Date: 23 July 2021
Department of Conservation (DOC) Marine Species Manager, Ian Angus, says two aircraft are searching and a DOC boat is on the water in response to the reported sighting south of Raumati.
“If the boat is able to find a pod, we will take photographs that can be used to identify whether it is the one that the orca calf came from, based on the unique markings on the orca.”
“However, if it is the right pod, we will not be able to reunite the orca calf today, given the limited amount of daylight left and the intricacies of the operation.”
He says search efforts will continue in the morning, to take advantage of a fine weather window currently forecast to last until Sunday.
Any sightings of orca around the country should be reported to DOC HOT 0800 362 468 or via email@example.com. If the pod is in the lower North Island or Marlborough region this would give the best chance of successful reunification.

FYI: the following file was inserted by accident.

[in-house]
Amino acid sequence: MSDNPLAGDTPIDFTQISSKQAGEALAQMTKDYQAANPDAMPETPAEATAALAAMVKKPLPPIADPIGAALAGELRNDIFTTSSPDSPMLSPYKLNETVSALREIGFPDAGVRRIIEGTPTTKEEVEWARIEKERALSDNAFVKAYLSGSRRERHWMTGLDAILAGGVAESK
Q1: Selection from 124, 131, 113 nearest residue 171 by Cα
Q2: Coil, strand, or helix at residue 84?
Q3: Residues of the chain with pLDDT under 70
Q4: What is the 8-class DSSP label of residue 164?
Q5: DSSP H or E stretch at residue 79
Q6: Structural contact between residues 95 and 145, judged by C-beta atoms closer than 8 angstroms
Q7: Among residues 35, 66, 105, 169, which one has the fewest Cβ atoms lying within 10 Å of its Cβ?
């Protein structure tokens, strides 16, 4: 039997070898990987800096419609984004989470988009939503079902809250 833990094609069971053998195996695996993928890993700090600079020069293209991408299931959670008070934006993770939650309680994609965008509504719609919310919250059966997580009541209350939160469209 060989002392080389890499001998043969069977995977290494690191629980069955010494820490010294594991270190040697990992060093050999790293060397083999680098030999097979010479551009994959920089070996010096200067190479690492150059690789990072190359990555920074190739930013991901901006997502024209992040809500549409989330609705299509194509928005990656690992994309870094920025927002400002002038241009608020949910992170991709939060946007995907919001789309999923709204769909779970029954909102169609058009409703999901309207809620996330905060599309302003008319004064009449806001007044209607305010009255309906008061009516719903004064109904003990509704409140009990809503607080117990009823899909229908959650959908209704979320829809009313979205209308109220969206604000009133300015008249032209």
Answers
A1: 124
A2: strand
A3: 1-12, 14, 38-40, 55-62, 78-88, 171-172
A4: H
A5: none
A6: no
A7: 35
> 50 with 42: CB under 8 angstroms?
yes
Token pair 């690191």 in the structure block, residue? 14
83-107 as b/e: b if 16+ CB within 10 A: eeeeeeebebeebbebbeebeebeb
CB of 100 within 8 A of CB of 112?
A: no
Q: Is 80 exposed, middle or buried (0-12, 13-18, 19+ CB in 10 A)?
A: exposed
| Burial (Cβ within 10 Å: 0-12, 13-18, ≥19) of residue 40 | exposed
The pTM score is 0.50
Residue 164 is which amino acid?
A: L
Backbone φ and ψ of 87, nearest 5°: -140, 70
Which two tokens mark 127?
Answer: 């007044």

The focus is still to reunite the orca calf with its pod, which has now been in care for 12 days.
The calf remains stable in the sea pen and is making use of the extra space compared to the temporary pool.
Ian Angus says decisions are being made with the orca calf’s welfare and health as a priority, and a range of scenarios are being planned for.
The Plimmerton Boating Club site remains closed to the public to reduce stress for the orca calf.
Last Sunday (11 July), the orca calf was stranded on rocks near Plimmerton, north of Wellington. Less than 2.5 m long, it is thought to be two to six months old.
An ongoing operation to care for the orca calf is being led by DOC with support from Orca Research Trust/Whale Rescue Trust, local iwi Ngāti Toa Rangatira, and the local community.
DOC, veterinarians, and Whale Rescue/Orca Research Trust are receiving regular advice from international orca experts and veterinarians – information proving vital as decisions are made.
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